Monday, February 15, 2010

The Last Edition of the Internet Review Of Science Fiction

As noted here last month, the Internet Review of Science Fiction's February 2010 edition will be its last.

Here it is.

As one might expect, this last issue is especially packed, with fifteen articles instead of the usual ten. Highlights include:

* Brent Kellmer's interview with the Schlock Mercenary webcomic's Howard Trayler.

* The final editions of the publication's columns, including Nicholas Kauffman's horror column "Dead Air," Corey Rixle's "Gamenivore" (not the only gaming-themed piece here, Dotar Sojat also offering a piece on Starfrontiersman Magazine), and of course, Lois Tilton's always-worthwhile short fiction round-up-heftier than usual, with the inclusion of an introduction about the gap between the big-name, established magazines with their big-name, established authors, and the newer online venues. (Like most pieces which touch on the fortunes of authors, especially those who are up-and-coming or at least aspiring, this one quickly kicked up a lively debate in the forum, also worth checking out if you're in that position, or just generally interested in what it's like to be on the edge of the business.)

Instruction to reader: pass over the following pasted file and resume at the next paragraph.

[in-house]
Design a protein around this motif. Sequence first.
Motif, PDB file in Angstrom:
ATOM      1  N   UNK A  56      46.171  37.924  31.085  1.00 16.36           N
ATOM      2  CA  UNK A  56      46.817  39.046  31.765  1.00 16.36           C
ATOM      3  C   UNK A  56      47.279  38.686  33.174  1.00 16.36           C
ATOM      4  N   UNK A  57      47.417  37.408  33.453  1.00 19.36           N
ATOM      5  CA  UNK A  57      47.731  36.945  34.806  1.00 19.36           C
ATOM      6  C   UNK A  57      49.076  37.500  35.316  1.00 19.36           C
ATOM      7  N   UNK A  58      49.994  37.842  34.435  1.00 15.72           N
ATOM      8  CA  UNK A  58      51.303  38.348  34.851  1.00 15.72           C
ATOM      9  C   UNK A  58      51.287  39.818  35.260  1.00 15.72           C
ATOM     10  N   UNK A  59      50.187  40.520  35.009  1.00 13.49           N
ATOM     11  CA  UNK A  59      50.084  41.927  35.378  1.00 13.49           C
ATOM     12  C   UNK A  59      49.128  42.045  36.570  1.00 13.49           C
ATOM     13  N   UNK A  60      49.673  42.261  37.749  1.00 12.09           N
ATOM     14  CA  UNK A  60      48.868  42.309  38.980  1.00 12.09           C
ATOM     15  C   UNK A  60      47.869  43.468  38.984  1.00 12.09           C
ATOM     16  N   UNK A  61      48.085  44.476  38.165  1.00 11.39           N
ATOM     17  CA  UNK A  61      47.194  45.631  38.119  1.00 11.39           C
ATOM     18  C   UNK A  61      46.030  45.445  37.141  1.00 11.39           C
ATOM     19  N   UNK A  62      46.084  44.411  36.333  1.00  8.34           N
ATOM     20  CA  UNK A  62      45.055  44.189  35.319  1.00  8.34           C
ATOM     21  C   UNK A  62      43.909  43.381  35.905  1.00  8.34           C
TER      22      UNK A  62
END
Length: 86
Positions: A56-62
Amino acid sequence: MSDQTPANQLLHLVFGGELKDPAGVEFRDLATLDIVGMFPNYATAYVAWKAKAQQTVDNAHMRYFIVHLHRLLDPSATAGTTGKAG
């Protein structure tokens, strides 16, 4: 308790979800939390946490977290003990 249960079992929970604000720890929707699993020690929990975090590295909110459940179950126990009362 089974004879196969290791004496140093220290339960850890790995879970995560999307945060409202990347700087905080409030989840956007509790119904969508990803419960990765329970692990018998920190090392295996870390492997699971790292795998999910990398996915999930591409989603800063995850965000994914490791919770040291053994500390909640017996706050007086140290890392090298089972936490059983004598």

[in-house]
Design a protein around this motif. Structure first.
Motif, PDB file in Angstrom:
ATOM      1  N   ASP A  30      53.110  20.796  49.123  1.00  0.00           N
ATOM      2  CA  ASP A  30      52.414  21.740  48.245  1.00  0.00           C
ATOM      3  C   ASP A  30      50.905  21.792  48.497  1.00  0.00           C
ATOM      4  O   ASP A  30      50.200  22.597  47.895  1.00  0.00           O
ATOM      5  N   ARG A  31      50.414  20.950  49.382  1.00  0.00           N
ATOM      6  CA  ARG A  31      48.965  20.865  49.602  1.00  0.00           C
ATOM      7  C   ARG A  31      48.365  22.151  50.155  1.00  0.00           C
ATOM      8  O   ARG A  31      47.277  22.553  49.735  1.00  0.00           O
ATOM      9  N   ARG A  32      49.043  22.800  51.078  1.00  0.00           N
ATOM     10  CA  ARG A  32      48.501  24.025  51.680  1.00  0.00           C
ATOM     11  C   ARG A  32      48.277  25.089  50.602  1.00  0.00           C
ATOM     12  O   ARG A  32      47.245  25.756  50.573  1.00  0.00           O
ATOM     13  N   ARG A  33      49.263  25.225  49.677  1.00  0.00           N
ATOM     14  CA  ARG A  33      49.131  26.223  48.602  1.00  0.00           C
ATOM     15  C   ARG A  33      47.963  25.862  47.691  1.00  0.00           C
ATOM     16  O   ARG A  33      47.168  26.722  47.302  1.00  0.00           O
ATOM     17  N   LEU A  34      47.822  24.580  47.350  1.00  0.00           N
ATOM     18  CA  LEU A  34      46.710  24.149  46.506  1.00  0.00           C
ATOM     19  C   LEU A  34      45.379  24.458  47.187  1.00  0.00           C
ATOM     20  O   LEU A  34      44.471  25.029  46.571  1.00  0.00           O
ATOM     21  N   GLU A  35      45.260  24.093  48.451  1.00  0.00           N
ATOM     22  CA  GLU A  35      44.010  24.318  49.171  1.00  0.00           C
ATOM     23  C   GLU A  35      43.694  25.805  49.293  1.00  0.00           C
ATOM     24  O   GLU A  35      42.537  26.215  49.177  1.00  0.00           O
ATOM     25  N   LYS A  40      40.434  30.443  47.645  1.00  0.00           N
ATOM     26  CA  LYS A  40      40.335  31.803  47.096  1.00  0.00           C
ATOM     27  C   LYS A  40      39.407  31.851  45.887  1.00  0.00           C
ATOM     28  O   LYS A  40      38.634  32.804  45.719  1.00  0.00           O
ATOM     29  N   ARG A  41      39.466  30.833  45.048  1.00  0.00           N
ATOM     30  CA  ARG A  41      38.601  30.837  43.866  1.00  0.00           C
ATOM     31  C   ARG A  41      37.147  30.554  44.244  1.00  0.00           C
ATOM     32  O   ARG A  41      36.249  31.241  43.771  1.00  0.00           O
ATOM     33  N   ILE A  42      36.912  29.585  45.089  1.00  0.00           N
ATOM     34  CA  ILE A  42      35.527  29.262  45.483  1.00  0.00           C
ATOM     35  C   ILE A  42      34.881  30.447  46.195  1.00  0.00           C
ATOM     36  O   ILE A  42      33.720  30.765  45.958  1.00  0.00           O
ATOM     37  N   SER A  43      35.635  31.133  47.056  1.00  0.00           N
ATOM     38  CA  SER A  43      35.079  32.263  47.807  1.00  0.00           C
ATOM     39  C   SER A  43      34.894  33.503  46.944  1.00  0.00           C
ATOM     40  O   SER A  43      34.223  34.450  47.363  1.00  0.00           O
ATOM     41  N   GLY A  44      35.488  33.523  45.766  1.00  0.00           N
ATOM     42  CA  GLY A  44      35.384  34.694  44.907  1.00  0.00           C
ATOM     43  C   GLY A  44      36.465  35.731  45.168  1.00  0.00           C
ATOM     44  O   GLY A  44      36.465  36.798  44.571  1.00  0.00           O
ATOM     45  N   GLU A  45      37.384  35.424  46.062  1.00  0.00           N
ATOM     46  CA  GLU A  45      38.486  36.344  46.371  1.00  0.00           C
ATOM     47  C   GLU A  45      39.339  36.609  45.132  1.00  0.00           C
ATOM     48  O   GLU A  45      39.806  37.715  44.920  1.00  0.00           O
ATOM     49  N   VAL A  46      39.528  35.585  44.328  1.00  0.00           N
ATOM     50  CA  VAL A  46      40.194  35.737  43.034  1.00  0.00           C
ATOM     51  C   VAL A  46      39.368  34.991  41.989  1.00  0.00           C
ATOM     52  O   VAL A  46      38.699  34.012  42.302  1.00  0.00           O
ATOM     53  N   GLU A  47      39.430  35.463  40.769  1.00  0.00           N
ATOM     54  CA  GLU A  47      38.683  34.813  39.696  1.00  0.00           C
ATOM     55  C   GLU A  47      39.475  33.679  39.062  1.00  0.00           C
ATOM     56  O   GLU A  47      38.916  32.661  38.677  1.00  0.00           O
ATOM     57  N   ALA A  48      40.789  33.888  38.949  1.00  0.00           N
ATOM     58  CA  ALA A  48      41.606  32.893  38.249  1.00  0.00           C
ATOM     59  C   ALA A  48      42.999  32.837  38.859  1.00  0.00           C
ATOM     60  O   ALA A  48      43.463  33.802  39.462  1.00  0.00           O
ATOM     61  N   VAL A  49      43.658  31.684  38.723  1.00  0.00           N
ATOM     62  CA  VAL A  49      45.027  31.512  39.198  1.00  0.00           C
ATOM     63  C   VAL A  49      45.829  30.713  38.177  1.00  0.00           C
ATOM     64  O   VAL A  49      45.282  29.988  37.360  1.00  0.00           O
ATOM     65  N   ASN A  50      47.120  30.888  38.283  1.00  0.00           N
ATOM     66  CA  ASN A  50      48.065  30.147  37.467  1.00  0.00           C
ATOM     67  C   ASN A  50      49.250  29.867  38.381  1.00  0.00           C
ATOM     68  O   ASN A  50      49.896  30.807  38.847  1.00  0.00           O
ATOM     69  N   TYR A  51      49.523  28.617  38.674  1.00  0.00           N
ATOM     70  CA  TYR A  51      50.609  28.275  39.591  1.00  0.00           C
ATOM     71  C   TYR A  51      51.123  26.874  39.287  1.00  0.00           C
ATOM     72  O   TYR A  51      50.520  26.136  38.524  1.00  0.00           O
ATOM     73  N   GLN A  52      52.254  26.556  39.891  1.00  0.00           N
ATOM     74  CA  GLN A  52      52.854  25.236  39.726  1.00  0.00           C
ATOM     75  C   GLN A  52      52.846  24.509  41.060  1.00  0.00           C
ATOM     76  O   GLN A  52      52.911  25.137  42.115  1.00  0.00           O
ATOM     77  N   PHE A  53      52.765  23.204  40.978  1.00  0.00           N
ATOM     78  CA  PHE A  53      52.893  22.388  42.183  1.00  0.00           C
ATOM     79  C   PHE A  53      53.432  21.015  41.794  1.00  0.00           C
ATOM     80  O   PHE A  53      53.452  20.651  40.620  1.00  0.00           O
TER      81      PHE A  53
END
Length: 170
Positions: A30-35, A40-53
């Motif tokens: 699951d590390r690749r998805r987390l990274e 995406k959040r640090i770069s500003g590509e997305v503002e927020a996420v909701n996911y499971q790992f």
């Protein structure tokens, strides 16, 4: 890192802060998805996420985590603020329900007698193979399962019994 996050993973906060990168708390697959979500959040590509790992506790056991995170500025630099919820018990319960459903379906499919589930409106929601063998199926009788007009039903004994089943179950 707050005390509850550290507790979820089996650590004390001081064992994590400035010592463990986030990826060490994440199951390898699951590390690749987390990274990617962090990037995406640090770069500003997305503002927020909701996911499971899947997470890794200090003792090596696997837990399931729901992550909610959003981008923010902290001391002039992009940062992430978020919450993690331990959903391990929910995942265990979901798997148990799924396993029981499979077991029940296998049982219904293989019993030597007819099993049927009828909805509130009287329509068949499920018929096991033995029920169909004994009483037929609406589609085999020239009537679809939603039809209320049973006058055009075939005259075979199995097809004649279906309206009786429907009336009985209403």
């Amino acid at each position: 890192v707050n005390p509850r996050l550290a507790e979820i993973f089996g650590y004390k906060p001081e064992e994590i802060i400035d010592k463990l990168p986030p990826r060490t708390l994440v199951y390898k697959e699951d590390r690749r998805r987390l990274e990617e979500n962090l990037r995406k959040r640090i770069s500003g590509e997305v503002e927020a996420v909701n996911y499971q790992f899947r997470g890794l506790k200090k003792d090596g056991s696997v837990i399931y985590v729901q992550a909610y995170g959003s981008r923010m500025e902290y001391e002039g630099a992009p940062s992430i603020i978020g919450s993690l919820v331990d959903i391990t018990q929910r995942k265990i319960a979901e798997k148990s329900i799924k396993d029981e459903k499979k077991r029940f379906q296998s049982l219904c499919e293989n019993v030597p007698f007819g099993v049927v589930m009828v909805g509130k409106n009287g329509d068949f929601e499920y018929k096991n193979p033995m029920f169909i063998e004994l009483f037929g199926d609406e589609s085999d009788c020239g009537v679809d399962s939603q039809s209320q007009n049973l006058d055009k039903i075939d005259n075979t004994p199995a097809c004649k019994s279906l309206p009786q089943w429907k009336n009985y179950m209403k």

* A piece by Hugo-winning writer David Levine on "How the Future Predicts Science Fiction." (Incidentally, the science fiction-isn't-futurism theme also came up at Charlie's Diary over the weekend.)

* Bill Lengemann on "The History of Matter Transmission" in the genre.

* Micharl Andre-Drussi on the anime Paranoia Agent (just one of several pieces he's written about Japanese animation, accessible at this listing of his articles at the site).

* Anna Cates on Cormac McCarthy's The Road.

* Gary Westfahl, in his fourth "What Science Fiction Leaves Out of the Future" piece, on pets in science fiction.

* Joe Nazare on Shirley Jackson's The Haunting of Hill House, a half century later.

Once again, IROSF will be missed.

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